The deal helps streamline Global Crossing's North American operations and allows it to focus on building and delivering telecommunications services and its broadband network, the company said in a statement.
Global Crossing's local phone services comprise 1.07 million access lines, and it is the tenth-largest incumbent local exchange carrier (ILEC) in the United States. Approximately half of those operations are in the Rochester, N.Y., area, with the remainder in 13 states, including Minnesota, Iowa, Wisconsin and Pennsylvania.
Citizens Communications, a local exchange company, will have more than 3 million access lines in more than 22 states after purchasing the Global Crossing unit.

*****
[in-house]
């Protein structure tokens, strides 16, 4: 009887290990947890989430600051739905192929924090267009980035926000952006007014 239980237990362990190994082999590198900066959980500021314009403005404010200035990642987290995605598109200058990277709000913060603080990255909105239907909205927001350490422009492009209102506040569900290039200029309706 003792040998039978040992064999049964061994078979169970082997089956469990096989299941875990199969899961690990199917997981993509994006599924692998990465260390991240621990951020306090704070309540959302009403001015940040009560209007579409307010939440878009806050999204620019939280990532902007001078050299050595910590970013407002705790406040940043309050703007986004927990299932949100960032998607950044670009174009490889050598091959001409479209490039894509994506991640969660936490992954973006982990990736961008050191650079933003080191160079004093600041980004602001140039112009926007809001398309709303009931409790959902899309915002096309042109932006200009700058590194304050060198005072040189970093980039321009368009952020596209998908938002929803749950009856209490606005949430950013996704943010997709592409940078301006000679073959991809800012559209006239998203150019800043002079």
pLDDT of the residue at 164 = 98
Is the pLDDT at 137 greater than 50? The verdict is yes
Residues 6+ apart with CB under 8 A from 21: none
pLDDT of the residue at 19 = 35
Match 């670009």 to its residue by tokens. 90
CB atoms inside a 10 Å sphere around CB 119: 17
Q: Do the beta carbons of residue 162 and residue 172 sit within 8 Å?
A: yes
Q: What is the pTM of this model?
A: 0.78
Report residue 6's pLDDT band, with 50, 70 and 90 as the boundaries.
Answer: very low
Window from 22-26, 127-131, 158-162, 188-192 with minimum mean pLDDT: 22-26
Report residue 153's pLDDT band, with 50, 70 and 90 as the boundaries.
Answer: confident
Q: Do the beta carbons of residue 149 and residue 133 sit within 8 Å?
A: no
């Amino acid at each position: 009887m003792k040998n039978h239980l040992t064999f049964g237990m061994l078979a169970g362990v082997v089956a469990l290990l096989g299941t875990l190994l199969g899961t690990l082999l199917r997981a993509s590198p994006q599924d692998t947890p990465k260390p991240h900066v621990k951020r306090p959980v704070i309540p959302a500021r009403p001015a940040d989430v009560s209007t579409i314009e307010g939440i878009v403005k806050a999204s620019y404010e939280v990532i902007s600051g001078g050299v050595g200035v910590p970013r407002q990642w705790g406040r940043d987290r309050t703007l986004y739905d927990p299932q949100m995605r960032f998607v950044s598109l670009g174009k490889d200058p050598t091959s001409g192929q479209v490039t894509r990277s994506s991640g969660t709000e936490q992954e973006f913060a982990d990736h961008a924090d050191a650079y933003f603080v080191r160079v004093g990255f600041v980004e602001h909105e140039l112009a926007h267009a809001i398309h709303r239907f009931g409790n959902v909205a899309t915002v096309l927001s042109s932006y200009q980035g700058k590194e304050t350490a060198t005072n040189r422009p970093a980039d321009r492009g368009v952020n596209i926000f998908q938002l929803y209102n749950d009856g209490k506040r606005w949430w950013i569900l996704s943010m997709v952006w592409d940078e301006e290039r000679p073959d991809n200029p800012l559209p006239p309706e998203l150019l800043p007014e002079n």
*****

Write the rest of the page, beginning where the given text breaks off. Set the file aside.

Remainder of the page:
The agreement is subject to both federal and state regulatory approvals, which are expected to take approximately nine months to obtain.
In related news, The Wall Street Journal reported that Global Crossing is also in serious discussions to sell its GlobalCenter Web-hosting business to rival Exodus Communications for about $6 billion to $7 billion in Exodus stock, according to people familiar with the matter.
Global Crossing declined to comment on the reported discussions, and Exodus was unavailable for comment.